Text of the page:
My first week at ASRI was an orientation: seeing the programs in action, putting faces to names, and creating connections with the community. My first week also marked a tough transition for the ASRI staff: it was Dr. Vina’s last week, after 3 years at ASRI, the last one as head of clinic. Despite her departure, things seemed to be going business as usual, the Clinic bustling as it is most days, with conservation education in the waiting room, volunteers crammed around the table in the back, and patients moving in and out. Even on the toughest day, when there were two suspected cases of tuberculosis, Dr. Vina was steadfast, working with the team to figure out how to best help the patients. It was only when I found her stealing a moment to take a breath did she tell me, “I’m trying not to think about the fact that I’m leaving.”
Sometimes you start things but you have no idea where they will go. That is what happened when we hired Ibu Hamisah to be one of our village health workers six years ago. She was a shy woman from a village about half an hour away from our clinic who had very little self confidence. Six years later, you won't believe what has happened to her!
Monica Ruth Nirmala, DDS is part of a proud, if new, tradition in Borneo: dentists saving the rainforest. This month, she follows in the footsteps of internationally celebrated dentist and conservation inspiration Dr. Hotlin Ompusunggu by becoming the Executive Director of Alam Sehat Lestari (ASRI).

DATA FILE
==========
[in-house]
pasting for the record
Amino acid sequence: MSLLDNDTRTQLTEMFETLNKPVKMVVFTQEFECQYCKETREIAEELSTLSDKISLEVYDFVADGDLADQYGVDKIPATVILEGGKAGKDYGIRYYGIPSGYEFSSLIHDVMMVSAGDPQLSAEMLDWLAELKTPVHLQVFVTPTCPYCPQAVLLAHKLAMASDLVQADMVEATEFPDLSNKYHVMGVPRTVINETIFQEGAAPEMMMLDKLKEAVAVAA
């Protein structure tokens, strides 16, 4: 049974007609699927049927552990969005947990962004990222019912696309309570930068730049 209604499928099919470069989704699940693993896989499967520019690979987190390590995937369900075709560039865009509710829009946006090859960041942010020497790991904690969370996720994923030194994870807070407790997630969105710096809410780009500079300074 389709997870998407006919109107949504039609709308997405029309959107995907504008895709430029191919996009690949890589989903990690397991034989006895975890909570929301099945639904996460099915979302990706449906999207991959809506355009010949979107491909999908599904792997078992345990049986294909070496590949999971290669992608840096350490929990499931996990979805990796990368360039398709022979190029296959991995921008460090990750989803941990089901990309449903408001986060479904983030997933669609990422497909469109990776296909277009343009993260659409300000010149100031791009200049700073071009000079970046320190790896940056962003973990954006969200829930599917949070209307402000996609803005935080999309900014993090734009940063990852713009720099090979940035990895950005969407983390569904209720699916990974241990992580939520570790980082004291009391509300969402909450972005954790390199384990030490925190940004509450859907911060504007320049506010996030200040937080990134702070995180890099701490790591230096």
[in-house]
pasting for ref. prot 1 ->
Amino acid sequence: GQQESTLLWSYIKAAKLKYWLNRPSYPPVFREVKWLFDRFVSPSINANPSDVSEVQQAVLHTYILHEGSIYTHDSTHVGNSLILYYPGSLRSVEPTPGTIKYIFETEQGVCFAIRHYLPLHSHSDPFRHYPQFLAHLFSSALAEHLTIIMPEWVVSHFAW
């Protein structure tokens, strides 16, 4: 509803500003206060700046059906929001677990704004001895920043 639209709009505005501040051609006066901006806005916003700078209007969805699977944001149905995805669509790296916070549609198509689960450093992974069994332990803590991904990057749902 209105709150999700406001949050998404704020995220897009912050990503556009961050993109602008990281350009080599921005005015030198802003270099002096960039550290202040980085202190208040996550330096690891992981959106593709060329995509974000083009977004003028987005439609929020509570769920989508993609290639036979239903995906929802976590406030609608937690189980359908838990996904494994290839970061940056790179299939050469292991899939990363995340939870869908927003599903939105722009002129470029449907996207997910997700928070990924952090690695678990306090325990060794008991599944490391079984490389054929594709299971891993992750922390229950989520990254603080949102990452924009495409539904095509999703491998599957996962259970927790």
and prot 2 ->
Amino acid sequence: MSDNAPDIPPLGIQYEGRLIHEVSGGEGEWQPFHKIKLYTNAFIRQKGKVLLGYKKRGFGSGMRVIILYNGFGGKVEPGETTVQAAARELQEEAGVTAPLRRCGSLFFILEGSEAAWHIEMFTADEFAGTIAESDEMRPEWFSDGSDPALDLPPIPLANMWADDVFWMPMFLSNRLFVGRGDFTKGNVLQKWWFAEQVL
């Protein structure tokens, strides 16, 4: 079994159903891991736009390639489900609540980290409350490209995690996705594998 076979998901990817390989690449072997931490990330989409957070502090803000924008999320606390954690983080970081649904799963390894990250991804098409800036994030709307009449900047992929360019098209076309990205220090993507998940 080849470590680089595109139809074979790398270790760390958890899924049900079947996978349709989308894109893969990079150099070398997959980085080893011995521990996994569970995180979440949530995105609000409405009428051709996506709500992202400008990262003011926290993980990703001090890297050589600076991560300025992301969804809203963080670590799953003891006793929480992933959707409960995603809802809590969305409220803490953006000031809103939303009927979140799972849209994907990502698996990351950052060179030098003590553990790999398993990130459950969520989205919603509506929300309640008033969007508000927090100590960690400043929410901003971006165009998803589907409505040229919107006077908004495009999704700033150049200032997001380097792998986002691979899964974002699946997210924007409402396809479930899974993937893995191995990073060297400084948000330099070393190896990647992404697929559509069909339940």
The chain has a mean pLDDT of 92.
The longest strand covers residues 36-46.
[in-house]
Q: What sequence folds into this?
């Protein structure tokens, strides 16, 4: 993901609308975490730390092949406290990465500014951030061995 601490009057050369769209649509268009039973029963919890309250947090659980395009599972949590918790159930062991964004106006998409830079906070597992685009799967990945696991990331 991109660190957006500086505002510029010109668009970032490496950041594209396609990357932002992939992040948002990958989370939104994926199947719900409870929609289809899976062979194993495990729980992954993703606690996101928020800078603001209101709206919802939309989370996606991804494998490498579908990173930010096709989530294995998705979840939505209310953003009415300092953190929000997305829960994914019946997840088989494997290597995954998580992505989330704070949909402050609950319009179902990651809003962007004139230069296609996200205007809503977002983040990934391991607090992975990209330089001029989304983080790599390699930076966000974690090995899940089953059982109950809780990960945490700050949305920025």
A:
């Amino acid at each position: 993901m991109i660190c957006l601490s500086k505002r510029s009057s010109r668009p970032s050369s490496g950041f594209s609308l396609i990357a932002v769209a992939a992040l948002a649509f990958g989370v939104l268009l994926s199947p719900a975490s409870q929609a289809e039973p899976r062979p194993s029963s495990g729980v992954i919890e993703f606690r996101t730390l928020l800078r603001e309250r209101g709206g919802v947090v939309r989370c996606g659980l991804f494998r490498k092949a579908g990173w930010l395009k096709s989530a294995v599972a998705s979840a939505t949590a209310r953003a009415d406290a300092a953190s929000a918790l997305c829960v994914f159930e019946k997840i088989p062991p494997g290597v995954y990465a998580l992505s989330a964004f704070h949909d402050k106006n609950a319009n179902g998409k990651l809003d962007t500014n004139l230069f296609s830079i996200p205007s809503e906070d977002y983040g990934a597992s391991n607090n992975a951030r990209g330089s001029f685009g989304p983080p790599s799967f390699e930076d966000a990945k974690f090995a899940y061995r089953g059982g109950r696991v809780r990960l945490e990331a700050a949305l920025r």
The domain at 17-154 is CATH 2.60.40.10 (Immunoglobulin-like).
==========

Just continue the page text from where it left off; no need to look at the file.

When Dr. Vina Wang first told her parents she would like to work for Alam Sehat Lestari (ASRI) in rural Borneo, they took some convincing.
“When I first wanted to go to ASRI, it was hard to ask for my father’s permission because my parents think Borneo is in the middle of nowhere. My mother was very supportive, but my dad was worried about his daughter in the middle of the jungle.” Vina told HIH’s executive director, Michelle Bussard, in a recent interview.
On one of my last days in Sukadana, I talked with my friends Dr. Nomi and Dr. Yuli, ASRI’s two newest physicians, about why they chose ASRI and what they like about working in the clinic. Both women are passionate about serving their patients and driven to learn and improve. They were drawn to ASRI as a clinic that meets the standards of care they aim to provide.
Guest blog by Andrew MacDonald
How in the world can I express what that time meant? It has been almost four years since I arrived at Sukadana, and my memories of it are still treasured and vivid: I can still recall many heartbreaks and joys from my time there. When I look back, I particularly recall certain things that were said to me -- words which, through the following years, would become symbols of my time in and around Gunung Palung. They are not direct quotations, of course (and my apologies to anyone who feels misrepresented!), -- nevertheless I want to share some of them with you, because I hope they will recall your own memories of why you loved your time with ASRI.
Read about Dr. Bunawan’s life-transforming experience at Klinik ASRI and as a life-long learner of medicine. Health In Harmony thanks Yale New Haven Hospital/Global Health Program under the direction of: Dr. Asghar Rastegar; Laura Crawford of J&J Scholars; Board Member Kathleen White; and, Dr. Ewen Wang of Stanford University Medical School, and all the friends of HIH & ASRI who helped Nur out along the way.
Guest blog by Nur Chandra Bunawan, MD
Guest blog by Hotlin Ompusunggu, DDS and Alexandra Ristow
Alexandra Ristow, a Yale Medical Student, shares her volunteer experience with the ASRI project in Sukadana, and I reflect on trust.